Scoliosis Australia Forums  

Go Back   Scoliosis Australia Forums > Research > The genetics of scoliosis

Thread Tools Search this Thread
Old 14-06-2010, 07:43 AM
Dingo Dingo is offline
Registered User
Join Date: May 2010
Posts: 12
Default Interview with Dr. Alain Moreau, creator of the Scoliosis blood test

Dr. Alain Moreau is the director of the The Viscogliosi Molecular Genetics Laboratory of Musculoskeletal Disorders and the developer of the Scoliosis blood test. He was kind enough to share some of his valuable time with me to explain his revolutionary blood test and the latest thinking on Scoliosis. This interview was conducted over e-mail.

I moved question 19 near to the top because it contains information that parents can use to potentially help a child living with Scoliosis. The rest of the interview is in order.

[SIZE="4"]Part 1[/SIZE]

Question 1) What attracted to you to the field of Scoliosis research?

Dr. Moreau) I have had a long standing interest in bone diseases. I was trained in bone molecular biology at the Shriner’s Hospital for Children in Montreal, which allowed me to be recruited at Sainte-Justine University Hospital Research Center 10 years ago, to lead a new laboratory dedicated to studying the causes of idiopathic scoliosis.

Question 2) How long have you studied Scoliosis?

Dr. Moreau) I have been actively involved in this field since 2000.

Question 19) Can you offer parents of children with Scoliosis any general recommendations on diet or lifestyle? Is there anything they should do or avoid?

Dr. Moreau) Right now, it is difficult to make any recommendation without knowing the functional and biochemical status of an asymptomatic child or a scoliotic patient. Having said that, there are a few things that could be considered:

There is no proven diet to avoid scoliosis. It is true that selenium is a known inhibitor of OPN, but this nutrient can be highly toxic at high doses, especially in children. Moreover, we have experimental evidence that shows that selenium will not work in the majority of IS patients due to their genetic make-up and the fact that we already have enough selenium in our diet in North America.

Reducing exposure to mycobacteria could be a good way to reduce the risk and I would start by cleaning all shower heads in the house on a monthly basis or even changing them annually since they represent an important source of mycobacteria (Opportunistic pathogens enriched in showerhead biofilms. Feazel LM, et al., Proc Natl Acad Sci U S A. 2009 Sep 22; 106(38): 16393-9. Epub 2009 Sep 14). A second thing to consider is that personally, I would remove the fish tank (aquarium) from the room of my own daughter because mycobacteria are always present in such environments. Again, I would like to stress the point that you won’t catch scoliosis by taking a shower or having a gold-fish in your home! The general idea here is to reduce the exposure to specific environmental factors to decrease risks. In order to do that, we will need to work together with parents and monitor OPN and sCD44 blood levels regularly to identify all potential environmental factors. Some patients will be more sensitive while other will be more resistant to the same environmental factors, so this is a new area of research. Only time will tell if such measures will have positive impacts, but we need to start somewhere.
Reply With Quote
Old 14-06-2010, 07:45 AM
Dingo Dingo is offline
Registered User
Join Date: May 2010
Posts: 12
Default Part 2

[SIZE="4"]Part 2[/SIZE]

Question 3) Your team in Quebec is developing the world’s first Scoliosis blood test. What can parents expect from this test?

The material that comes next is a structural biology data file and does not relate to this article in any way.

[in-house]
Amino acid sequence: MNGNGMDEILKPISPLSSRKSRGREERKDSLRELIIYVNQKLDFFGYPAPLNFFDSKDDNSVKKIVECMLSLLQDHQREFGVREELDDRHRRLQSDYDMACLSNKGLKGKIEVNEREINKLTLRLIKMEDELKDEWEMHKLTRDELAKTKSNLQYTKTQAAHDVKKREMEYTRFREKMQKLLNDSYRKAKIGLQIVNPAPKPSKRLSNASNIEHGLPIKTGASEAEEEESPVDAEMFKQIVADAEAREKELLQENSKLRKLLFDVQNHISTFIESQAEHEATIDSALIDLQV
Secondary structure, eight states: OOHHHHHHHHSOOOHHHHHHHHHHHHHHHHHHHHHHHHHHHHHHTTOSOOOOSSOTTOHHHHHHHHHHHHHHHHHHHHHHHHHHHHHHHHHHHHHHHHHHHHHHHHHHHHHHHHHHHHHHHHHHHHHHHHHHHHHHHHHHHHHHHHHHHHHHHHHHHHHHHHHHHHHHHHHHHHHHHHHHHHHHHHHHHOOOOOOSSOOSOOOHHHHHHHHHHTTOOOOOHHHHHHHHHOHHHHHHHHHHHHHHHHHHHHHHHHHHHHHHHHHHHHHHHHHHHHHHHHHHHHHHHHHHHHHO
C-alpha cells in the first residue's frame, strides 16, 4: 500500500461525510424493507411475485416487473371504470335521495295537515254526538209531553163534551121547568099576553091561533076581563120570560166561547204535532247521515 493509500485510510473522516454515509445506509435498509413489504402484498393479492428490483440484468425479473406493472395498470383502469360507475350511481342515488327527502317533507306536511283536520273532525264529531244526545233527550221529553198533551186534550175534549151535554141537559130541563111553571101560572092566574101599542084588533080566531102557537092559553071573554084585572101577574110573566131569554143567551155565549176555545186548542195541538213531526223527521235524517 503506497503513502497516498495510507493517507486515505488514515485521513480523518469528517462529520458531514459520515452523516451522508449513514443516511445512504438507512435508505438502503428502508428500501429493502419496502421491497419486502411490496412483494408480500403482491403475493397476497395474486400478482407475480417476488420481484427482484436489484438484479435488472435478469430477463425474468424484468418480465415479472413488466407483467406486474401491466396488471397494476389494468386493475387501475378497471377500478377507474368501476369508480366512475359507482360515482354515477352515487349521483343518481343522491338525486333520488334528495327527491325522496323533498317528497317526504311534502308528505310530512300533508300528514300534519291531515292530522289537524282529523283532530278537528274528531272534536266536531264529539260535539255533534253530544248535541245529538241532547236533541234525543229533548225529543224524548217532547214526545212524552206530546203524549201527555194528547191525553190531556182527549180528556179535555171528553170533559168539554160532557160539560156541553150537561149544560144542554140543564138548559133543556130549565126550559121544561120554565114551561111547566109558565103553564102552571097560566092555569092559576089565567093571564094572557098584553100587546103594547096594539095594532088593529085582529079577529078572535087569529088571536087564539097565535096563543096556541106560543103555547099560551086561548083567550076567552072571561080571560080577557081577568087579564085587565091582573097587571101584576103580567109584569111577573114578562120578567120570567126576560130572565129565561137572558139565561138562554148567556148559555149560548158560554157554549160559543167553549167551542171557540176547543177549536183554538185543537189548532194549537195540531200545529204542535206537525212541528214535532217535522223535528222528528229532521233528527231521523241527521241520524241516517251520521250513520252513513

Dr. Moreau) First of all, I would like to clarify the nature of our scoliosis blood tests since we have developed two distinct and complementary tests.

Functional scoliosis test: The first test is a functional assay performed with blood cells obtained from 10 ml of blood (equivalent to 2 tea-spoons). As you know, we have previously discovered that many cell types obtained from patients suffering from idiopathic scoliosis (IS) display a differential response in the transmission of melatonin signals. This is possible because melatonin receptors are present in most if not all cell types including blood cells. In other words, the test measures how the cells respond to melatonin. Three distinct responses among IS patients were obtained allowing their classification into three functional subgroups. It should be noted that two distinct methods were performed to determine the functional classification of IS patients, the first using the measurement of cAMP, an intracellular messenger (Moreau et al Spine 2004 & Azeddine et al CORR 2007) and more recently using a more accurate technology called cellular dielectric spectroscopy (Akoume et al Spine 2010), giving both the same functional classification. This functional test has the added advantage of being performed on asymptomatic kids (boys and girls) as well to predict their risks of developing scoliosis. Moreover this functional blood test is also superior because it can be performed without prior knowledge of specifically mutated genes causing IS since we are measuring a function. To better understand the usefulness of this functional assay, I often use the example of how cystic fibrosis (CF) is diagnosed. CF is a monogenic disease, which means that it is caused by mutations in a single gene (CFTR) that plays a role in the transport of chloride ions. Today, there are about 1500 mutations known to affect the function of this gene. CF however, is initially diagnosed using a functional test measuring the level of chloride ions in sweat after provoking perspiration at the surface of the skin. Then, if you are positive for CF and depending on which part of the globe you are from, specific mutations will be tested, since it is not clinically and economically relevant to test for all possible mutations. For instance in Quebec, we would test for the 6 most prevalent mutations for our pediatric population.